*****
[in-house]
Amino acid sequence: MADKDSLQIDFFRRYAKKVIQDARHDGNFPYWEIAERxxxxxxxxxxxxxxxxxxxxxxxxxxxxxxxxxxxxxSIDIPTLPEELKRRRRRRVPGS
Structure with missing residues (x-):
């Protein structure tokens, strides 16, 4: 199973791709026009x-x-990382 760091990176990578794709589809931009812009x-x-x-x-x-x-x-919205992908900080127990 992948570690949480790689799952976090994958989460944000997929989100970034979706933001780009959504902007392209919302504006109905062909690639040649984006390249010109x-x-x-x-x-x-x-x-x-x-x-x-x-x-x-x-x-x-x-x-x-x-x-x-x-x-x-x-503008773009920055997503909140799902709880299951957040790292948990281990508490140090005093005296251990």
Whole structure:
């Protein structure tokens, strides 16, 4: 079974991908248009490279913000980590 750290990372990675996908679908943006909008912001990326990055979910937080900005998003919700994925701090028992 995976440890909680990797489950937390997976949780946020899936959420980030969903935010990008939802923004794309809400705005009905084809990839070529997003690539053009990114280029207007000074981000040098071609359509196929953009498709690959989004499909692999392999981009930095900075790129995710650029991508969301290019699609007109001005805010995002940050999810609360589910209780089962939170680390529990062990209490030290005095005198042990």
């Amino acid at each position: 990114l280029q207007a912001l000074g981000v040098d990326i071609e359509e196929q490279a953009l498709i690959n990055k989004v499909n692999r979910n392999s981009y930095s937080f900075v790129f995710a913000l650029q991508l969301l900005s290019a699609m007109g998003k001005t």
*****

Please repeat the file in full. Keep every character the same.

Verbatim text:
[in-house]
Amino acid sequence: MADKDSLQIDFFRRYAKKVIQDARHDGNFPYWEIAERxxxxxxxxxxxxxxxxxxxxxxxxxxxxxxxxxxxxxSIDIPTLPEELKRRRRRRVPGS
Structure with missing residues (x-):
């Protein structure tokens, strides 16, 4: 199973791709026009x-x-990382 760091990176990578794709589809931009812009x-x-x-x-x-x-x-919205992908900080127990 992948570690949480790689799952976090994958989460944000997929989100970034979706933001780009959504902007392209919302504006109905062909690639040649984006390249010109x-x-x-x-x-x-x-x-x-x-x-x-x-x-x-x-x-x-x-x-x-x-x-x-x-x-x-x-503008773009920055997503909140799902709880299951957040790292948990281990508490140090005093005296251990």
Whole structure:
């Protein structure tokens, strides 16, 4: 079974991908248009490279913000980590 750290990372990675996908679908943006909008912001990326990055979910937080900005998003919700994925701090028992 995976440890909680990797489950937390997976949780946020899936959420980030969903935010990008939802923004794309809400705005009905084809990839070529997003690539053009990114280029207007000074981000040098071609359509196929953009498709690959989004499909692999392999981009930095900075790129995710650029991508969301290019699609007109001005805010995002940050999810609360589910209780089962939170680390529990062990209490030290005095005198042990």
């Amino acid at each position: 990114l280029q207007a912001l000074g981000v040098d990326i071609e359509e196929q490279a953009l498709i690959n990055k989004v499909n692999r979910n392999s981009y930095s937080f900075v790129f995710a913000l650029q991508l969301l900005s290019a699609m007109g998003k001005t």